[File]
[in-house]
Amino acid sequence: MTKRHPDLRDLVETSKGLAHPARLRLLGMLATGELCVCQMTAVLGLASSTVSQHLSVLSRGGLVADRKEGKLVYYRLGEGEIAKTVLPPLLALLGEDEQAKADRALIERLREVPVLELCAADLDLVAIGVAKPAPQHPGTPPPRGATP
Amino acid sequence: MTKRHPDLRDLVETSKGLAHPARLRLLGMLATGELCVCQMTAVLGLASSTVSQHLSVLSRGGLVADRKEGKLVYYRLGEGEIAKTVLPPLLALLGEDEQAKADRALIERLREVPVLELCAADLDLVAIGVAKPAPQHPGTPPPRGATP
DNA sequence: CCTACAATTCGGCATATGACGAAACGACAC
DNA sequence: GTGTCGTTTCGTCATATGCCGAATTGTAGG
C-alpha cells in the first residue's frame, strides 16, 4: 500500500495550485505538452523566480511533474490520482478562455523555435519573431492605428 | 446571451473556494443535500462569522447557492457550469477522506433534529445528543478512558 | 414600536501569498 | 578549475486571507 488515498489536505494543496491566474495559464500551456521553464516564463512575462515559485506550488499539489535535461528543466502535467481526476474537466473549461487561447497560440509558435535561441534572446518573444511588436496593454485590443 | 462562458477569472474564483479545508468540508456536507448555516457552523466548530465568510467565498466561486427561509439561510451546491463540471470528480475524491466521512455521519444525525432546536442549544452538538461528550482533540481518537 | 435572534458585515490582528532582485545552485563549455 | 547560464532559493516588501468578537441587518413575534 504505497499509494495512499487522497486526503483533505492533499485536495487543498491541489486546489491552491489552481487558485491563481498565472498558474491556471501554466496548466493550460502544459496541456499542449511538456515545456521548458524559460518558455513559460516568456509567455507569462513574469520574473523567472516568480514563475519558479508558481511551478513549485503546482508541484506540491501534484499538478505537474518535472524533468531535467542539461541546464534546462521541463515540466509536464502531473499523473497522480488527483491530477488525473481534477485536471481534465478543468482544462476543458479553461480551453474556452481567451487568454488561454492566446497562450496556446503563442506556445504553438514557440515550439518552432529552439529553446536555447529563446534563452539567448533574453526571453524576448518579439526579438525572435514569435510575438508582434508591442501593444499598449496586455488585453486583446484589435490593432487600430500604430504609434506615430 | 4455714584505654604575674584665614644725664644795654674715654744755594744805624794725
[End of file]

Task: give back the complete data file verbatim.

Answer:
[in-house]
Amino acid sequence: MTKRHPDLRDLVETSKGLAHPARLRLLGMLATGELCVCQMTAVLGLASSTVSQHLSVLSRGGLVADRKEGKLVYYRLGEGEIAKTVLPPLLALLGEDEQAKADRALIERLREVPVLELCAADLDLVAIGVAKPAPQHPGTPPPRGATP
Amino acid sequence: MTKRHPDLRDLVETSKGLAHPARLRLLGMLATGELCVCQMTAVLGLASSTVSQHLSVLSRGGLVADRKEGKLVYYRLGEGEIAKTVLPPLLALLGEDEQAKADRALIERLREVPVLELCAADLDLVAIGVAKPAPQHPGTPPPRGATP
DNA sequence: CCTACAATTCGGCATATGACGAAACGACAC
DNA sequence: GTGTCGTTTCGTCATATGCCGAATTGTAGG
C-alpha cells in the first residue's frame, strides 16, 4: 500500500495550485505538452523566480511533474490520482478562455523555435519573431492605428 | 446571451473556494443535500462569522447557492457550469477522506433534529445528543478512558 | 414600536501569498 | 578549475486571507 488515498489536505494543496491566474495559464500551456521553464516564463512575462515559485506550488499539489535535461528543466502535467481526476474537466473549461487561447497560440509558435535561441534572446518573444511588436496593454485590443 | 462562458477569472474564483479545508468540508456536507448555516457552523466548530465568510467565498466561486427561509439561510451546491463540471470528480475524491466521512455521519444525525432546536442549544452538538461528550482533540481518537 | 435572534458585515490582528532582485545552485563549455 | 547560464532559493516588501468578537441587518413575534 504505497499509494495512499487522497486526503483533505492533499485536495487543498491541489486546489491552491489552481487558485491563481498565472498558474491556471501554466496548466493550460502544459496541456499542449511538456515545456521548458524559460518558455513559460516568456509567455507569462513574469520574473523567472516568480514563475519558479508558481511551478513549485503546482508541484506540491501534484499538478505537474518535472524533468531535467542539461541546464534546462521541463515540466509536464502531473499523473497522480488527483491530477488525473481534477485536471481534465478543468482544462476543458479553461480551453474556452481567451487568454488561454492566446497562450496556446503563442506556445504553438514557440515550439518552432529552439529553446536555447529563446534563452539567448533574453526571453524576448518579439526579438525572435514569435510575438508582434508591442501593444499598449496586455488585453486583446484589435490593432487600430500604430504609434506615430 | 4455714584505654604575674584665614644725664644795654674715654744755594744805624794725